The posting about multiple instances got me to wondering if I had multiple instances of Excel. I checked. Nope, just one. I shut it down
( killed it ) and restarted Excel in the way that was giving me that error message. No error message this time. I opened several more files; none of them generated the error message. Simply killing and restarting Excel fixed the problem.

I am willing to let well enough alone, ignoring the posts about the registry. Excel is behaving appropriately and all is well in my technical world.
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Tuesday, October 17, 2017


As I sit down to play Prey for a third time, it occurs to me that I should review the game.  I give it an "A".  I'll keep this is relatively spoiler free.

Prey is so many things.  For starters it's sci-fi, but it borders on survival horror for the first 25% of the game.  I say 25% because that's when someone should have a handle on what sort of danger to expect, and have a plan to handle most of it.  That's when the story gets good.  It centers on an alien threat.  The aliens are interesting, and well designed on many levels.  But that's not what drives the story.

The game introduces devices called Neuromods that it uses as a story vehicle in several ways.  These devices let you install new skills and abilities in your brain.  It's a very interesting way of leveling up your character through a skill tree.  It makes sense that you would make med kits go further with more medical knowledge.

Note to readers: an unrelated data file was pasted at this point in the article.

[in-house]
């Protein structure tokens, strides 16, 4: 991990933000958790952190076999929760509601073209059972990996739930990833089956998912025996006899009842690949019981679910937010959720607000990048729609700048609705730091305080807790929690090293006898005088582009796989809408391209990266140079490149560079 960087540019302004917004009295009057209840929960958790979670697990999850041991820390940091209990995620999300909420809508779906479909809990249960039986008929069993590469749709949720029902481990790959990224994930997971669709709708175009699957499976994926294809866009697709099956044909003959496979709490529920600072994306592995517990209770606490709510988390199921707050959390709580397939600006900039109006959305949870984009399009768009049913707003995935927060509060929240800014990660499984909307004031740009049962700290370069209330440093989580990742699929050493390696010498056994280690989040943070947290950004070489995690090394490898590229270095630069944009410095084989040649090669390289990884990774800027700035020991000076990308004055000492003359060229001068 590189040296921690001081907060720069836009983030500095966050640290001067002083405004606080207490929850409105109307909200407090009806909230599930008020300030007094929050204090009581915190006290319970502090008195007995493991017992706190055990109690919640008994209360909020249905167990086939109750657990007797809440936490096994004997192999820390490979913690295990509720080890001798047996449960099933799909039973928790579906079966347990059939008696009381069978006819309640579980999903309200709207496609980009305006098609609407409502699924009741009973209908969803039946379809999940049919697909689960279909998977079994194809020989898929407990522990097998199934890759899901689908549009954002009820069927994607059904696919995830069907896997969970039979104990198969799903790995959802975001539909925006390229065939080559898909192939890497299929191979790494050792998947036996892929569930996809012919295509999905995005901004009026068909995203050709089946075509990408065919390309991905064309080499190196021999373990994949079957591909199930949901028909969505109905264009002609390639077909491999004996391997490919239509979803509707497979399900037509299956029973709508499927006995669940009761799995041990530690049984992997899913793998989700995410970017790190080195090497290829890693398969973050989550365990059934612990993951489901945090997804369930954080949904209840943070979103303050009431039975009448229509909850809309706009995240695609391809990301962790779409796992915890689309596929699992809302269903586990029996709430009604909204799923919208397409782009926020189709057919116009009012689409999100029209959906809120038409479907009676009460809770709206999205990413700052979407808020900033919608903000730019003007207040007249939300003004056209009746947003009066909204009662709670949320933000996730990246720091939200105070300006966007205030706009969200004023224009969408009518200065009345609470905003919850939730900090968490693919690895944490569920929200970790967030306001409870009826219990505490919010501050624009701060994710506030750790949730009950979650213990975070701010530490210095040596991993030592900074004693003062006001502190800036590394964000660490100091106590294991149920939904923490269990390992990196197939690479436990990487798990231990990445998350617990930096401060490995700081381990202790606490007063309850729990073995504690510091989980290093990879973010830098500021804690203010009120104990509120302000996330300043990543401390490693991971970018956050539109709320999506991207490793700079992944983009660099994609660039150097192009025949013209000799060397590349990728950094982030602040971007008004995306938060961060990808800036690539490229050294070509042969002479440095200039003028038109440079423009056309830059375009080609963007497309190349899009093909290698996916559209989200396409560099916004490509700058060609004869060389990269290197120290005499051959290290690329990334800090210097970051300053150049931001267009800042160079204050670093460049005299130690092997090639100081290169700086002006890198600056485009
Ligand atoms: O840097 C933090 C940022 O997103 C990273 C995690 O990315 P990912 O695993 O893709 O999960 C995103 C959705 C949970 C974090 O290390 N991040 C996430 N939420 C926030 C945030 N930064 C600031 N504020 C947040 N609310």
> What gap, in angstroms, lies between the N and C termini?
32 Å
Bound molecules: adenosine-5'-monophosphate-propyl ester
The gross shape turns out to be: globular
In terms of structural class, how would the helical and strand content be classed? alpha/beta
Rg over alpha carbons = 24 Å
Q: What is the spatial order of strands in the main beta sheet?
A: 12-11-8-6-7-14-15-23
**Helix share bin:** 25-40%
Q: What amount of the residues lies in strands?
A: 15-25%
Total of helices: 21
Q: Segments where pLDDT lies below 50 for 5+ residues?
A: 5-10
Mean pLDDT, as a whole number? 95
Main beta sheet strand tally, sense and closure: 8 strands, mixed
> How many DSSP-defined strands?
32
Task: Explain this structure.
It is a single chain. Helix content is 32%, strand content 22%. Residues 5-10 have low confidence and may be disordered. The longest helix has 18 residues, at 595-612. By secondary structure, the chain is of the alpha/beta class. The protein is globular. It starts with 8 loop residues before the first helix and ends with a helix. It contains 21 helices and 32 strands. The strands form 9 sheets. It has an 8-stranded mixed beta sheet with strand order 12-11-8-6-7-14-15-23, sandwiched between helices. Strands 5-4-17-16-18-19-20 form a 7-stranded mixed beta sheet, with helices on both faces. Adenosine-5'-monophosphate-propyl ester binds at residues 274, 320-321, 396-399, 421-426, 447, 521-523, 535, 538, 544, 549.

But they also remove any memories you have formed since having installed them, if you remove them.  This allows the game makers to put you in the head of your character.  You are learning what's happening at the same time as your character because of this memory loss.

Neuromods also act as something to lose.  Most of these types of games try to include tough moral decisions.  This game actually succeeds.  The potential for all of humanity to instantly share the knowledge and abilities of the best and the brightest is something worth fighting for, and dying for.  It would dramatically improve the lives of so many.

The game had some flaws.  It also had it's share of glitches.  The bugs will be worked out in a patch, I'm sure.  The few design flaws are forgivable.  There are two things that would have bumped it up to an "A+" for me.